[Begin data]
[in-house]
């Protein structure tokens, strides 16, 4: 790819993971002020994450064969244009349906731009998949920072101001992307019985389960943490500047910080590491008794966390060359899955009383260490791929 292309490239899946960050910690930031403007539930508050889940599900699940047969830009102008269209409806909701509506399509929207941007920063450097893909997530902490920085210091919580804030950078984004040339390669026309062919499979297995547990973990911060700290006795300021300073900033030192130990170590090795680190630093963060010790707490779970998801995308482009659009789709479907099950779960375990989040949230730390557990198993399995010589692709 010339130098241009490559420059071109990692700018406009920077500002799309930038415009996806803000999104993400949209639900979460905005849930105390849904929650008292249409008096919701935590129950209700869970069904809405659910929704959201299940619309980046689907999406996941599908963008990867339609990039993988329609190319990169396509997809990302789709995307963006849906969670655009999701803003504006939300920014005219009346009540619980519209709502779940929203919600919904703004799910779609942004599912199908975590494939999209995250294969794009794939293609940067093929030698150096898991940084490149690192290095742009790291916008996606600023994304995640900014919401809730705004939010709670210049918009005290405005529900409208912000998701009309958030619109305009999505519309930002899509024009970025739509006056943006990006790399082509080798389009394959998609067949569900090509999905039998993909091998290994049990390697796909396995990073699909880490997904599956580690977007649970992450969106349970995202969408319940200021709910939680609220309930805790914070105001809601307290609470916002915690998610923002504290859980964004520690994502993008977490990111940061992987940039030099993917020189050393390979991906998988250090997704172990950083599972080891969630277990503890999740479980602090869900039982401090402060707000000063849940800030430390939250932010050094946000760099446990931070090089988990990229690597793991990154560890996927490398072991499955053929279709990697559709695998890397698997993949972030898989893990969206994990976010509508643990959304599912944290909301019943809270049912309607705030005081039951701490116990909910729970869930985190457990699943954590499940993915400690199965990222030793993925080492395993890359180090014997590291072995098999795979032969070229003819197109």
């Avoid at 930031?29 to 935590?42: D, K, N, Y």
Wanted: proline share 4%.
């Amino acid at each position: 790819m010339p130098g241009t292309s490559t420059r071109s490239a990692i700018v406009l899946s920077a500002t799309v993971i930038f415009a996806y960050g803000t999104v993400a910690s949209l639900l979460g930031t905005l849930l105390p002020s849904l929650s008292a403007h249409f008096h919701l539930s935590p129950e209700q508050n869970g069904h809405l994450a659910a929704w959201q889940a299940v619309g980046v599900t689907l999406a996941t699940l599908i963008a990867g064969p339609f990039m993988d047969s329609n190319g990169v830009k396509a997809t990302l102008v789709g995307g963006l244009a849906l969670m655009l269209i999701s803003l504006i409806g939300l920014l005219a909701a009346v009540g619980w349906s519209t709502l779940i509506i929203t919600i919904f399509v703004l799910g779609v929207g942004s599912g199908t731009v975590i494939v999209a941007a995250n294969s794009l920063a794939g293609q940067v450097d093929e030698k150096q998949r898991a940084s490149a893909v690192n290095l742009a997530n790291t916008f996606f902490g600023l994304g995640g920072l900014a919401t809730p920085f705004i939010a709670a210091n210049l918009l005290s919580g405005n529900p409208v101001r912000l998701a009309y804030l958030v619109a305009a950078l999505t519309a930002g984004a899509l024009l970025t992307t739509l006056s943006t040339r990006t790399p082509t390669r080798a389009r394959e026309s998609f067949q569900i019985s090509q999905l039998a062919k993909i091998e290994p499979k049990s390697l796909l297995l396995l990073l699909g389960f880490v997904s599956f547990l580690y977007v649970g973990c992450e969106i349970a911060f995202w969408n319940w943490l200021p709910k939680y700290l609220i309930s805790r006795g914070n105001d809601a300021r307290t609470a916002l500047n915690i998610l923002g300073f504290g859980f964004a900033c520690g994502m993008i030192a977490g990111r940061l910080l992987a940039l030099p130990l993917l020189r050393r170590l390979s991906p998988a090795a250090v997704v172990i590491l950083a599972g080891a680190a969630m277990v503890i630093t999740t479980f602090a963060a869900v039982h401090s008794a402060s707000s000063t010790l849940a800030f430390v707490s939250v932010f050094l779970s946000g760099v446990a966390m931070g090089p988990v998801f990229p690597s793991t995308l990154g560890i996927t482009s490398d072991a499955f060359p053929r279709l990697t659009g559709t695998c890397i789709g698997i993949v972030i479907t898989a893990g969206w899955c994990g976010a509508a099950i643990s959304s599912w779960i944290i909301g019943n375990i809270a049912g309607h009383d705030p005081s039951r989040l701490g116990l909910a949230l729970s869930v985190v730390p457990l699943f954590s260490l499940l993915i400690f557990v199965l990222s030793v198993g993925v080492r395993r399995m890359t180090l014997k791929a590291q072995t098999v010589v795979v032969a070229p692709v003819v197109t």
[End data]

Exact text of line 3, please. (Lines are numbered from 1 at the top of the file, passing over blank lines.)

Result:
């Avoid at 930031?29 to 935590?42: D, K, N, Y």